Microdialysis (MD) in the skin is a unique technique for in vivo sampling of topically as well as systemically administered drugs at the site of action, e.g. sampling the unbound tissue concentrations in the dermis and subcutaneous tissue. MD as a research method has undergone significant development, improvement and validation during the last decade and has proved to be a versatile, safe and valuable tool for pharmacokinetic and pharmacodynamic studies. This review gives an overview of the current state and future perspectives of dermal MD sampling. Methodological issues such as choice of instrumentation, calibration and experimental procedures are discussed along with the analytical considerations necessary for successful sampling. Clinical MD studies in the skin are reviewed with emphasis on pharmacokinetic studies of topically applied drugs with or without impairment of skin barrier function by skin disease or barrier perturbation. A comparison between MD and other tissue sampling techniques reveals the advantages and limitations of the method. Subsequently, an in-depth discussion of the application of MD for the evaluation of bioavailability and bioequivalence of topical formulations is concluded by the current regulatory point of view. The future perspective includes further expansion and validation of the use of MD in the experimental and clinical setting as well as in the optimization of the method for regulatory purposes, i.e. the commercialization of bioequivalent, generic drug products.

This content is only available via PDF.
Copyright / Drug Dosage / Disclaimer
Copyright: All rights reserved. No part of this publication may be translated into other languages, reproduced or utilized in any form or by any means, electronic or mechanical, including photocopying, recording, microcopying, or by any information storage and retrieval system, without permission in writing from the publisher.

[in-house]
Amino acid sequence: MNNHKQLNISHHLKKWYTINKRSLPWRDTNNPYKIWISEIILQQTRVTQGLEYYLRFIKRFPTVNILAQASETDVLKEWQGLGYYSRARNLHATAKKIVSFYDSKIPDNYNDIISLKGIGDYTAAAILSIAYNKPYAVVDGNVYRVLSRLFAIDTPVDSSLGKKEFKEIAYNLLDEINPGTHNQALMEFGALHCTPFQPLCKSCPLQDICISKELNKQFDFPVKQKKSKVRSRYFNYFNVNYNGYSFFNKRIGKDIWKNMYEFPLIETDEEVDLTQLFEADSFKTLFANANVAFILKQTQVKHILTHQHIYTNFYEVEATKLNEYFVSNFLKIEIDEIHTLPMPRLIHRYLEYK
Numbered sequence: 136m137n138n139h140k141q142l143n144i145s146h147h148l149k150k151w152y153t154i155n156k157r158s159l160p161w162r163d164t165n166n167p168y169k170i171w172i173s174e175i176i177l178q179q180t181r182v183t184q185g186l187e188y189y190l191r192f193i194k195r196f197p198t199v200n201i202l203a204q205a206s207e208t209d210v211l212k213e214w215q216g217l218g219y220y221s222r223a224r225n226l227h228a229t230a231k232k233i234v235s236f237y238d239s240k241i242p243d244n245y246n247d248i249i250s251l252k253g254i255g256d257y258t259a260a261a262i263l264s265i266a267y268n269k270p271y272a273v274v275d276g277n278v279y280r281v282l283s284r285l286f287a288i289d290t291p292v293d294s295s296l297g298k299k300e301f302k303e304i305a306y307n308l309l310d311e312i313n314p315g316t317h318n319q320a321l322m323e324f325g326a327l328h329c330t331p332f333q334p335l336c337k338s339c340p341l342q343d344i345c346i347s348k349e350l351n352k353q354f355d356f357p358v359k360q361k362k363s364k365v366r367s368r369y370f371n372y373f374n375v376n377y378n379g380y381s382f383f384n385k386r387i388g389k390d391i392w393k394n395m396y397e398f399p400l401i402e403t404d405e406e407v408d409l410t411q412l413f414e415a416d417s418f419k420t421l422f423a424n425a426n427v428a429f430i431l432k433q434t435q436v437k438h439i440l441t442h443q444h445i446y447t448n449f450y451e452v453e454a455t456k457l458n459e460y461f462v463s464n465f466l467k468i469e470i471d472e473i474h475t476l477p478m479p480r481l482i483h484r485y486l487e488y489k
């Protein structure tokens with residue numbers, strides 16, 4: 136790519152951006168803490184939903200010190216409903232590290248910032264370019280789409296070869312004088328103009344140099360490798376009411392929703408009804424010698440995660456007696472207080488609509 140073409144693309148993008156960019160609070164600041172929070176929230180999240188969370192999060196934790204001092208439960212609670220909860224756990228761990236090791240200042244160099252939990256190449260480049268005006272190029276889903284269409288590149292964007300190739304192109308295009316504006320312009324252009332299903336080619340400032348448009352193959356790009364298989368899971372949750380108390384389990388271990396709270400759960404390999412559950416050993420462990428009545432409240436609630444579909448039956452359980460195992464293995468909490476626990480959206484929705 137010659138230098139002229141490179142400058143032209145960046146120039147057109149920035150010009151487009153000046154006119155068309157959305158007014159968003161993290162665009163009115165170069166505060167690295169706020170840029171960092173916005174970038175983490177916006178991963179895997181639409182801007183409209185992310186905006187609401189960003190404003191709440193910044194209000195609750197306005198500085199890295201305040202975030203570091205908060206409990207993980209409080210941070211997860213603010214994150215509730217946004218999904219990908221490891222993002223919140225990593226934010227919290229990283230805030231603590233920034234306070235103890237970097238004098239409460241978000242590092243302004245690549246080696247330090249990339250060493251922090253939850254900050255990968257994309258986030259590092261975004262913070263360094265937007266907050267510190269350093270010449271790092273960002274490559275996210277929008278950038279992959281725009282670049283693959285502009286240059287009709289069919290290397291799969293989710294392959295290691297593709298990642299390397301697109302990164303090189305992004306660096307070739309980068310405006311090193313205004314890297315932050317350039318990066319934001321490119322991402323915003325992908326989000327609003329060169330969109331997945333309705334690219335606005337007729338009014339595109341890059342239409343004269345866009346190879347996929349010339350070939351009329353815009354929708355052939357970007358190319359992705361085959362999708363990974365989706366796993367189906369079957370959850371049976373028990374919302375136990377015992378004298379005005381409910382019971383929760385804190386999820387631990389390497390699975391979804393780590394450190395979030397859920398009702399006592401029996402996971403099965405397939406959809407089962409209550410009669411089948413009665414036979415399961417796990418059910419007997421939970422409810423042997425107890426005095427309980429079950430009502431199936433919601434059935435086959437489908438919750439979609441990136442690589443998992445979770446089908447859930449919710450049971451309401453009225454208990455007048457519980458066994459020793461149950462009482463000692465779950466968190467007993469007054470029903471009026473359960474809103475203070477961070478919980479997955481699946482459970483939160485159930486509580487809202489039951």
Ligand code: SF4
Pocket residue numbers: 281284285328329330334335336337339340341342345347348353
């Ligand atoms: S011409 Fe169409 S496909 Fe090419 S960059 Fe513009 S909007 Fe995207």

Drug Dosage: The authors and the publisher have exerted every effort to ensure that drug selection and dosage set forth in this text are in accord with current recommendations and practice at the time of publication. However, in view of ongoing research, changes in government regulations, and the constant flow of information relating to drug therapy and drug reactions, the reader is urged to check the package insert for each drug for any changes in indications and dosage and for added warnings and precautions. This is particularly important when the recommended agent is a new and/or infrequently employed drug.
Disclaimer: The statements, opinions and data contained in this publication are solely those of the individual authors and contributors and not of the publishers and the editor(s). The appearance of advertisements or/and product references in the publication is not a warranty, endorsement, or approval of the products or services advertised or of their effectiveness, quality or safety. The publisher and the editor(s) disclaim responsibility for any injury to persons or property resulting from any ideas, methods, instructions or products referred to in the content or advertisements.
You do not currently have access to this content.